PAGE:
Jump to content
Sign in to follow this  
birdiehole

Dr. Scholl's foot spray stain on clubface

Recommended Posts

So... I did a bit of practice in my backyard hitting my driver and seven iron into my golf net. I sprayed Dr. Scholl's on the club faces to get some strike location feedback. It appears that I let my practice session run a bit too long as there is some spray caked on to the toe area of my driver (where I tend not to hit), and high on the iron face and in the toe (again, where I tend not to hit). I usually wipe the faces with a wet towel when I change clubs at the range, but I just did a cursory wipe when changing clubs this time. This didn't happen to me the first five or six times I used the spray.

Has anyone else had this happen to them? Any tips on what to use to clean the faces without damaging them? I tried some soap and water and rubbed them with a towel but to no avail. Any help would be appreciated.

As an aside, this is one of the best feedback mechanisms for understanding how you can improve your strike, and I feel like most golfers should try it out. But learn from my experience and wipe your club face with a wet towel every five shots or so!

  • Like 1

Share this post


Link to post
Share on other sites

That's interesting, I can't say I've ever had that happen when I've used foot spray. Maybe try a light spray of Goof Off or something like that to see if it helps?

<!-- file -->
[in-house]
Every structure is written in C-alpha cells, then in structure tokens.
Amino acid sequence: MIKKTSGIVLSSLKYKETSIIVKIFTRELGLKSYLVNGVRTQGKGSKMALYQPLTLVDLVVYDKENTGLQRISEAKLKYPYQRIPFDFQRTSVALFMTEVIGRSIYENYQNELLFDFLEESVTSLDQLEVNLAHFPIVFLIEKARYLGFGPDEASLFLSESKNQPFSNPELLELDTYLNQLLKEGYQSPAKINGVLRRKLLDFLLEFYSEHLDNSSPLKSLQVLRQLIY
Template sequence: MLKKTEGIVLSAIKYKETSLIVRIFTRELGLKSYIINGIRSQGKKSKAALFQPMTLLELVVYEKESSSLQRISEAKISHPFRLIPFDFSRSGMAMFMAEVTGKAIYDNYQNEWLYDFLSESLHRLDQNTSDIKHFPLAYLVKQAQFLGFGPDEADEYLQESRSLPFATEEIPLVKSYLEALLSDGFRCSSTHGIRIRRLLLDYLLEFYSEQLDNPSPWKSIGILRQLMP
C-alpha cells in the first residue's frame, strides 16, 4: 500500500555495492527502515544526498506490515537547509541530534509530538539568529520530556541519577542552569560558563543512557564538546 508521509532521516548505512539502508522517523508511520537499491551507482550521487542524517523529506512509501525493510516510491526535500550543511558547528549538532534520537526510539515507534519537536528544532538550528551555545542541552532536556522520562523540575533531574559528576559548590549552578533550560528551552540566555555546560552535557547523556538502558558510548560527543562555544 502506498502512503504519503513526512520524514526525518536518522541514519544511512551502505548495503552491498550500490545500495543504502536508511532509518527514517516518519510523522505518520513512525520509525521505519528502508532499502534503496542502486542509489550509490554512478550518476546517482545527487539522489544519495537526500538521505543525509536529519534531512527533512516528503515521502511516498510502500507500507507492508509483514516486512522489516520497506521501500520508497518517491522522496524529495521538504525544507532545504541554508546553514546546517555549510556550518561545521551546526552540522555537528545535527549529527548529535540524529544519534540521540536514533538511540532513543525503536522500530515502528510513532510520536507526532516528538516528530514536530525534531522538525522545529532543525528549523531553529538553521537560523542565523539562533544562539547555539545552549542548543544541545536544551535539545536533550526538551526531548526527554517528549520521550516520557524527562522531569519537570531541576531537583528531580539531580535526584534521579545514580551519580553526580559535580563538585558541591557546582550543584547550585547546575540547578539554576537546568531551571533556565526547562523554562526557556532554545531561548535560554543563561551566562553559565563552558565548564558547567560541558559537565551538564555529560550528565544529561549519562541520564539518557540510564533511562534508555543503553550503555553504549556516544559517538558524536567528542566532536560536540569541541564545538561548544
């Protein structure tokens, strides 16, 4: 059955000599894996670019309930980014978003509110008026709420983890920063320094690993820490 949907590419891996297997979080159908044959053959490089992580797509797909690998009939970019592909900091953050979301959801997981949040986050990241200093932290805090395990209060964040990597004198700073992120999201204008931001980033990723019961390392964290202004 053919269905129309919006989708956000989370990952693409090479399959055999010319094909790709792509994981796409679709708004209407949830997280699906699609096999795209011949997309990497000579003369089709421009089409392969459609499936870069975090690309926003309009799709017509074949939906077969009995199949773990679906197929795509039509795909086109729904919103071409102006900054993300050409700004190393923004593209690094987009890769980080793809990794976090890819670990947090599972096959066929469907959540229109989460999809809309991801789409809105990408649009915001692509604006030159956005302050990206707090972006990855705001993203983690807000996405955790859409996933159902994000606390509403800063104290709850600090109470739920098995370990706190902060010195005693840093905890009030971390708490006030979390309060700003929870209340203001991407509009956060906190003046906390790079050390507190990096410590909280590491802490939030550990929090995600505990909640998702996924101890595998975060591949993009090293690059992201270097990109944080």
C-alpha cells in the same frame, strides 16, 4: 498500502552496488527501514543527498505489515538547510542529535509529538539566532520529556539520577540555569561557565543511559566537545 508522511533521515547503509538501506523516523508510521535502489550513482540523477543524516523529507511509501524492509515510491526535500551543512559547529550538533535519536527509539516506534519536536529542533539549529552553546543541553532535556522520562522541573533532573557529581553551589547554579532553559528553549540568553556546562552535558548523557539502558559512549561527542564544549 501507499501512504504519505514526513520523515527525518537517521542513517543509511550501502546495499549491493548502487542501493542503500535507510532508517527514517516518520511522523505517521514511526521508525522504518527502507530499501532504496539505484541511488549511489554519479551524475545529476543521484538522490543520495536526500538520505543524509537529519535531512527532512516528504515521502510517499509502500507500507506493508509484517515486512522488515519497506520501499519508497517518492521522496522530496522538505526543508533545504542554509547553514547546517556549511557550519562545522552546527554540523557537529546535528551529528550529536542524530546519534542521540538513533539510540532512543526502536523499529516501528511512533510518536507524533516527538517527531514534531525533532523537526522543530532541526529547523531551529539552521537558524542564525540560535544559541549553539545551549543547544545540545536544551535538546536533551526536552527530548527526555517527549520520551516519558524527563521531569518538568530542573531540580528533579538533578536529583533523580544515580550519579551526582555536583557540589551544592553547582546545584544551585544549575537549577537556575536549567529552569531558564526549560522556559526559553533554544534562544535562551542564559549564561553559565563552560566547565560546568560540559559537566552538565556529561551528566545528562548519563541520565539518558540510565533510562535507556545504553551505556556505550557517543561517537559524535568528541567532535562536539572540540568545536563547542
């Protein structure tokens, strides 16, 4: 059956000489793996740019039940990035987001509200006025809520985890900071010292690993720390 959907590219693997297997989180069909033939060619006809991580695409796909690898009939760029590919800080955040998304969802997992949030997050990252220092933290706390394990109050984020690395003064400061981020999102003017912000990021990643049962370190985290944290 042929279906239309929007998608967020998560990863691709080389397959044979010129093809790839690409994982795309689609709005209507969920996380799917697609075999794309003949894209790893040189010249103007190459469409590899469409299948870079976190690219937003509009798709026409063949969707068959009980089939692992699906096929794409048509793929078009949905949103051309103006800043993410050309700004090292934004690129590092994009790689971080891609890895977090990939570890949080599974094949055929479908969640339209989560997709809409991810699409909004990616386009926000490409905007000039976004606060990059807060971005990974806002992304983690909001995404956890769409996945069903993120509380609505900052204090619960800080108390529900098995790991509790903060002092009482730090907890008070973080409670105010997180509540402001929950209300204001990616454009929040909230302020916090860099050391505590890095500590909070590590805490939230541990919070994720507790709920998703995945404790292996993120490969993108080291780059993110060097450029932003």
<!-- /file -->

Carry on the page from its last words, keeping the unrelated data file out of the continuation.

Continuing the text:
Share this post


Link to post
Share on other sites

I like the idea but was always wary of putting a chemical on the face of my driver.

I just wipe with a damp cloth prior to hitting, very easy to see your strikes that way and no residue issues or spraying a smelly stuff into my lungs🙄😉

  • Like 1

Share this post


Link to post
Share on other sites
8 hours ago, scratchmybirdie said:

So... I did a bit of practice in my backyard hitting my driver and seven iron into my golf net. I sprayed Dr. Scholl's on the club faces to get some strike location feedback. It appears that I let my practice session run a bit too long as there is some spray caked on to the toe area of my driver (where I tend not to hit), and high on the iron face and in the toe (again, where I tend not to hit). I usually wipe the faces with a wet towel when I change clubs at the range, but I just did a cursory wipe when changing clubs this time. This didn't happen to me the first five or six times I used the spray.